Beech says:

It is funny that the USTR is trying to seem oblivious as to why the EU would ever consider such a thing. “Hey! Why are you guys trying to make your own cloud and keep your sweet sweet data away from us? It’s not like anyone is abusing it over here, right?”

It’s like the US is pretending that when it comes to the NSA and USTR it’s like one hand doesn’t know what the other is doing, they’re both just giving Europe the middle finger coincidentally.

David says:

Re: Re: Re:

And anyway, it has been decades since any U.S. administration has shown tangible interest in matters pertaining to a democracy or a republic. So there is not much to be partisan about.

Washington D.C. calls its politicians Democrats and Republicans and its football team Redskins.

Nothing to get partisan about: it’s all the same filthy pack.

ECA (profile) says:

Can I say,

That I havent seen such a comedy of idiocy and comedy(classic) since Laurel and hardy, Kaplin, and many others..
A group Runs around this world, and TRIEs to get all these nations to BLINDLY sign an agreement, it takes YEARS AND YEARS(I wonder why), then to bring it back to the USA and it can be voted DOWN??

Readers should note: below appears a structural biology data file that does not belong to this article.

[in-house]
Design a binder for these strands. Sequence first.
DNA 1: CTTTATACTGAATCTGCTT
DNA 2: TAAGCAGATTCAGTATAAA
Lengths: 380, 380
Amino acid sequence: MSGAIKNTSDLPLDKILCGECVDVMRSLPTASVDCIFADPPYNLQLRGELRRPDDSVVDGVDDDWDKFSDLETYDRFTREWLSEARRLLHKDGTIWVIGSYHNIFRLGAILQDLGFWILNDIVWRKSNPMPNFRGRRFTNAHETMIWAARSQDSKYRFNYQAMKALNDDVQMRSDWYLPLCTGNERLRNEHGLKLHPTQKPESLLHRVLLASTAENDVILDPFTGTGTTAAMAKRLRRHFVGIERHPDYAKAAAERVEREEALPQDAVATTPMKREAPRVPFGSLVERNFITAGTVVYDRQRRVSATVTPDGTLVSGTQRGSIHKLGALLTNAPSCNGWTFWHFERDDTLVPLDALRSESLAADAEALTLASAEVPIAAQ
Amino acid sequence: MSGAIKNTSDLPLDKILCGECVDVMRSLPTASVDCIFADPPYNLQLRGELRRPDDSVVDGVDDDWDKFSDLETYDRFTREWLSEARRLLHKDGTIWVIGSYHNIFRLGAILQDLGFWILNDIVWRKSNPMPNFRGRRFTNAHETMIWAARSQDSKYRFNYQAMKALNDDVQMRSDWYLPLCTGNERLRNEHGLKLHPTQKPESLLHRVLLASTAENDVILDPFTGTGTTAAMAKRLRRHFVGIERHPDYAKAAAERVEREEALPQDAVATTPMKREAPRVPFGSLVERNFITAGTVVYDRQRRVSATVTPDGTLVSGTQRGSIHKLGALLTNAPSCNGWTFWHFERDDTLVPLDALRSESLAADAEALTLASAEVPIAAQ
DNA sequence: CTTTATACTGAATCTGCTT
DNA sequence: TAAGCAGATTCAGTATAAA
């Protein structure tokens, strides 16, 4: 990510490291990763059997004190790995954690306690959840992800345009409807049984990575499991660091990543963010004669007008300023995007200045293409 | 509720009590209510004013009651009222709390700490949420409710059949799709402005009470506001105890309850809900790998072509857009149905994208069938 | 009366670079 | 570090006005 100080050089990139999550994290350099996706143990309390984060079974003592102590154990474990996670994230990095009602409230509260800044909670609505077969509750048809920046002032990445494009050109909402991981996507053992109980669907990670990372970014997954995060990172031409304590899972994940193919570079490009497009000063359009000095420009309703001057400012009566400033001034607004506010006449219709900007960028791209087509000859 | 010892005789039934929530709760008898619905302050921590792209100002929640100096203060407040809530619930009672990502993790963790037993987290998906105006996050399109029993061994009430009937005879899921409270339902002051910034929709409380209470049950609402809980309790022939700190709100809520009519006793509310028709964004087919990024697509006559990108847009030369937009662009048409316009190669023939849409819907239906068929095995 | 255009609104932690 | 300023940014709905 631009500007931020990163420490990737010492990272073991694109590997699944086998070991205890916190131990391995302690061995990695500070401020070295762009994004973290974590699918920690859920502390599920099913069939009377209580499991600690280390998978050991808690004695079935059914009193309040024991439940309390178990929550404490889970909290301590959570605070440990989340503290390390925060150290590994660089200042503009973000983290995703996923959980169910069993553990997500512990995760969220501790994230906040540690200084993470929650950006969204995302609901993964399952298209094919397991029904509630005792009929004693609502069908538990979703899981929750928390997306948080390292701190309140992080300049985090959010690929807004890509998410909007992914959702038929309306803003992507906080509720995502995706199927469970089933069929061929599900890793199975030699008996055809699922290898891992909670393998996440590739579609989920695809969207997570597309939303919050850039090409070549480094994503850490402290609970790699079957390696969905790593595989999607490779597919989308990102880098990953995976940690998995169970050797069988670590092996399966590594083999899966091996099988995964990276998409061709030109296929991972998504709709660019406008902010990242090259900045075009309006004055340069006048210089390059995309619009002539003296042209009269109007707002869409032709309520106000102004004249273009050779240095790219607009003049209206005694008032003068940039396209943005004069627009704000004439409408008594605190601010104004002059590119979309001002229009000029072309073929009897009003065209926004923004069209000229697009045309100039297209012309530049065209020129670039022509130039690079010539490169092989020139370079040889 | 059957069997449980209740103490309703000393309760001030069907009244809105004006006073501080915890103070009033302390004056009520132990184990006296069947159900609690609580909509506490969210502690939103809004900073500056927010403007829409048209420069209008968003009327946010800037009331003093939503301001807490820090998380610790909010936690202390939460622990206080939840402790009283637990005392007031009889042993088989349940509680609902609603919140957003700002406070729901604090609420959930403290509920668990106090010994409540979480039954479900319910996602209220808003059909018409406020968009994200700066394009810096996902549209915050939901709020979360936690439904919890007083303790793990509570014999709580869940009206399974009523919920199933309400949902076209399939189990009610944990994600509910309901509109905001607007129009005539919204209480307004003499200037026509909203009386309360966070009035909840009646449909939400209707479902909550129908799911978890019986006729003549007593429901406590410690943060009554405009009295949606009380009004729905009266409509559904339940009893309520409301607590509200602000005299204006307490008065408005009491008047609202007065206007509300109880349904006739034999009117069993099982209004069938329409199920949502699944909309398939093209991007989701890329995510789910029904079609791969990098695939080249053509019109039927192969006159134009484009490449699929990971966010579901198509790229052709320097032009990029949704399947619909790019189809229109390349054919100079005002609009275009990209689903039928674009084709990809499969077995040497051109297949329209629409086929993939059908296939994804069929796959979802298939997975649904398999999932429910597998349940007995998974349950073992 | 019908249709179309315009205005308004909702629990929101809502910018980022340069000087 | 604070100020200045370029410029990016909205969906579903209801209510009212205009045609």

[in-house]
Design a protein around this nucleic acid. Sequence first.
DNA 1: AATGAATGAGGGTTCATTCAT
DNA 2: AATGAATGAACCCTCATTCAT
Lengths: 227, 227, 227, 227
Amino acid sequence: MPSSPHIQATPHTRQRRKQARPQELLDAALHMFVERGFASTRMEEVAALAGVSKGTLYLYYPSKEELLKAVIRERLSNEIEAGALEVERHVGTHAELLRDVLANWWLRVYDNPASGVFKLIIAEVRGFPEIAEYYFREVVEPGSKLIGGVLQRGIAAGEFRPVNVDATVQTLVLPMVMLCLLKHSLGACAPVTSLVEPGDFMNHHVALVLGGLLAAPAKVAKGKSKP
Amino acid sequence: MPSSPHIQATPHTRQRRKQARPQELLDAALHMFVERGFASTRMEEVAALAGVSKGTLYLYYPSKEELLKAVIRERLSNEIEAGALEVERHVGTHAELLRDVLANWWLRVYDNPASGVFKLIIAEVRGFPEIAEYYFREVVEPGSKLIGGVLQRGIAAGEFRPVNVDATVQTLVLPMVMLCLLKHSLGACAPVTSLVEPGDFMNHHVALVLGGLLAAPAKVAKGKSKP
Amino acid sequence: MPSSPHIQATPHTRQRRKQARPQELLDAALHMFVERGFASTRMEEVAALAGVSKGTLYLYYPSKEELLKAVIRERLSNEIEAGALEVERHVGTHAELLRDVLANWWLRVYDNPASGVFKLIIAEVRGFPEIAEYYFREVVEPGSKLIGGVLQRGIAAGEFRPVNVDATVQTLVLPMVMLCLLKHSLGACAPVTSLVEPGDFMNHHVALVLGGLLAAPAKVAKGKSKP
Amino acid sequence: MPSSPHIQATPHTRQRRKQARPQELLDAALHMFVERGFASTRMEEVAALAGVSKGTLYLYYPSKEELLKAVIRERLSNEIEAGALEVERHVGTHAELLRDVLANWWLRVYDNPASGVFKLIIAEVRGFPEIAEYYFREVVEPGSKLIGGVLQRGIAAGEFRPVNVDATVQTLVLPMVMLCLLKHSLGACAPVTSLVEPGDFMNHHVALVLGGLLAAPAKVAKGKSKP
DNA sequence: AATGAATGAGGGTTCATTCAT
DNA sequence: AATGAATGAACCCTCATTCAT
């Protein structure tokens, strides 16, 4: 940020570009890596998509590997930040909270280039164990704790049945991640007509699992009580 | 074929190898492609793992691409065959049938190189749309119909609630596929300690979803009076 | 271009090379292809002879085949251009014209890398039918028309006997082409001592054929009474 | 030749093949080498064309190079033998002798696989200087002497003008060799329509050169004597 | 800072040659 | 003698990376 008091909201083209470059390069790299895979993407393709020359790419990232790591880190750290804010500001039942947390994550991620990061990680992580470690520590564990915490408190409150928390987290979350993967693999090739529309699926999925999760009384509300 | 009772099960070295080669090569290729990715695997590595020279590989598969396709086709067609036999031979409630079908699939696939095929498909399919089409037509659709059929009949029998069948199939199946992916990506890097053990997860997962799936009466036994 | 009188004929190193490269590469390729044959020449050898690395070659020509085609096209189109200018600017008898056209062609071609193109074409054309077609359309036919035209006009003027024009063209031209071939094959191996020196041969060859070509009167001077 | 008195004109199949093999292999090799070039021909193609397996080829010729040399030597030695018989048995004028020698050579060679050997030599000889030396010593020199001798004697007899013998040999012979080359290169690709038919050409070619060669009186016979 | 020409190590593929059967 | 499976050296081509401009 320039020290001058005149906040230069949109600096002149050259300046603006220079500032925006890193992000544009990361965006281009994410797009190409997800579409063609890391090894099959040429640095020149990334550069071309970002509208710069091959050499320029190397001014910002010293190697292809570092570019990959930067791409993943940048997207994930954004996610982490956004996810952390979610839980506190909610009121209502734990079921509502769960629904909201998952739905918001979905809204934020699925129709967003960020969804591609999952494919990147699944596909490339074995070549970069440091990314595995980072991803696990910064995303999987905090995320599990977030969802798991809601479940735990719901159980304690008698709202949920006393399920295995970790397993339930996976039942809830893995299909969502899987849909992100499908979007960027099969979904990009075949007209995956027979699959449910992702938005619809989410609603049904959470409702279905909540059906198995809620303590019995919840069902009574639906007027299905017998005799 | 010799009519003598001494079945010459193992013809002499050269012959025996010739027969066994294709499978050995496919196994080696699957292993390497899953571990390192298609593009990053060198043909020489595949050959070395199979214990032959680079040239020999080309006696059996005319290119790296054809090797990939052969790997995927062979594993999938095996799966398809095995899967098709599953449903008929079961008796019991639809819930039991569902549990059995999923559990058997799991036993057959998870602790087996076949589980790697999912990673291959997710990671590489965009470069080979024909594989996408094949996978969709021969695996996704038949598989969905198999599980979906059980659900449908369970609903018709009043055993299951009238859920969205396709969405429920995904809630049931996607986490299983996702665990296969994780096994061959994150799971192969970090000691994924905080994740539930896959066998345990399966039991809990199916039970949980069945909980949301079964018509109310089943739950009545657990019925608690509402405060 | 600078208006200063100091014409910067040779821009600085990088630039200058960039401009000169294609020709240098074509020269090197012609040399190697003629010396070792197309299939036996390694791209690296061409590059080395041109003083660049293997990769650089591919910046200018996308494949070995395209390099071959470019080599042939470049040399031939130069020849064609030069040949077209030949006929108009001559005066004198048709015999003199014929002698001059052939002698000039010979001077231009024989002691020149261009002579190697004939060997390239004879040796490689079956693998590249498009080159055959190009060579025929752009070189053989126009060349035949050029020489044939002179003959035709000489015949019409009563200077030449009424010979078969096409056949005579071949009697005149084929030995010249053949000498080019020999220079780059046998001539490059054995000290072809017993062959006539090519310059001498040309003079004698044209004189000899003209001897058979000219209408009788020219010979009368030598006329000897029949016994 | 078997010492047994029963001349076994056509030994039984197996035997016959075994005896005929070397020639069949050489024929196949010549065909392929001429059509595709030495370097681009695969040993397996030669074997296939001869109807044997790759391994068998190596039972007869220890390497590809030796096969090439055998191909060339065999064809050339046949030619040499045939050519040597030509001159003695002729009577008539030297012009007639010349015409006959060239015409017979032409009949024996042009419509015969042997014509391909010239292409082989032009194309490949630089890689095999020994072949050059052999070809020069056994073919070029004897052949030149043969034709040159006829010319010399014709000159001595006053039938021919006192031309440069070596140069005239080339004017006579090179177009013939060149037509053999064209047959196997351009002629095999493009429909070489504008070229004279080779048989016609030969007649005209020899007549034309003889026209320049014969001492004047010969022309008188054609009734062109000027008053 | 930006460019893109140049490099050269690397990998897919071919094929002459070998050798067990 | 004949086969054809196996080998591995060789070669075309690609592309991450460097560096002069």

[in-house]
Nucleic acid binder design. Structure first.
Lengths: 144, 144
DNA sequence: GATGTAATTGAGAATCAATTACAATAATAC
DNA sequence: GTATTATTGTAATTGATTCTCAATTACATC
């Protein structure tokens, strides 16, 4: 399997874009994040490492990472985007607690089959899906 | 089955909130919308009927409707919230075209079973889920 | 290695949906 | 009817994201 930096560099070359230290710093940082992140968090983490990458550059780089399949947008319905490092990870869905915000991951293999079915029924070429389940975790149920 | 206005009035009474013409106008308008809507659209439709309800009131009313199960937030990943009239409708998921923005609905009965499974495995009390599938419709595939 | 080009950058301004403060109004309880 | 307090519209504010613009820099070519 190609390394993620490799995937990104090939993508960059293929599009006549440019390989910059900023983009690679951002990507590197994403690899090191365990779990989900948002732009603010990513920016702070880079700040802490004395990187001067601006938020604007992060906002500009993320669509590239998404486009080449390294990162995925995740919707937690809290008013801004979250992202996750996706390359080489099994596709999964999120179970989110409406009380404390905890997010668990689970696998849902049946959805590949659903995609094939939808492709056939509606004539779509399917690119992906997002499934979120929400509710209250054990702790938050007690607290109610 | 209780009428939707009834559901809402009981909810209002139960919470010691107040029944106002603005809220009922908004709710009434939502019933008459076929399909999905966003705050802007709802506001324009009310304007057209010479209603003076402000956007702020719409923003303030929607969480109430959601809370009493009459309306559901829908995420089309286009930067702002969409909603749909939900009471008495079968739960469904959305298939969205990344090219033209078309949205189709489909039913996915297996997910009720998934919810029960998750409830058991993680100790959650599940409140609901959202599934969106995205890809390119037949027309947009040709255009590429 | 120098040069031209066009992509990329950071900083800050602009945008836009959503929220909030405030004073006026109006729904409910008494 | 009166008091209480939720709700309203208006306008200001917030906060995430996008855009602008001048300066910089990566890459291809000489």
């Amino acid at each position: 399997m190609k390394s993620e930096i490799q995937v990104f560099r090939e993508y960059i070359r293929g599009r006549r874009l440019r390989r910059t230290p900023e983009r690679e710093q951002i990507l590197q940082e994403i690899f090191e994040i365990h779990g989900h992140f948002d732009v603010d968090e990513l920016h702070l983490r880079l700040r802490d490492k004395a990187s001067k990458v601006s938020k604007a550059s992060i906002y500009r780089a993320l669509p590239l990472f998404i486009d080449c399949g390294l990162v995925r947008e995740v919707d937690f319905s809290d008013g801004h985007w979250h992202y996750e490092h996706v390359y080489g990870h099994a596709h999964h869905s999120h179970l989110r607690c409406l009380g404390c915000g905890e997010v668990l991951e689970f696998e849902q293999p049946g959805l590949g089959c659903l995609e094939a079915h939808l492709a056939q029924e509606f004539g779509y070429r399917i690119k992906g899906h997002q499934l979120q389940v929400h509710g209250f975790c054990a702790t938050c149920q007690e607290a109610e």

There has to be something in the stew pot, BOILING..How many have they PAID to pass this treaty? HOW many USA cits, have PAID for OVER PRICED GOODS, so they could PAY THEM OFF.

Tom (profile) says:

I bet they already know...

… that this trade deal will fall apart (thanks to the NSA spying on everyone taking part in the deal, of course.) They’re trying to manage the reason *why* it fell apart – trying to blame it on the reaction to the NSA spy scandal, rather than the scandal itself.

Sorry Americans, you thieving, spying scum – the Balkanization of the internet will continue apace, and the faster you’re routed around like a malicious network node, the better. Bye bye! Maybe we’ll welcome you back online when you stop craving “information dominance” so madly.

G Thompson (profile) says:

Re: Re: I bet they already know...

Actually if you elected your US govt then YES you are ALL culpable and vicariously so.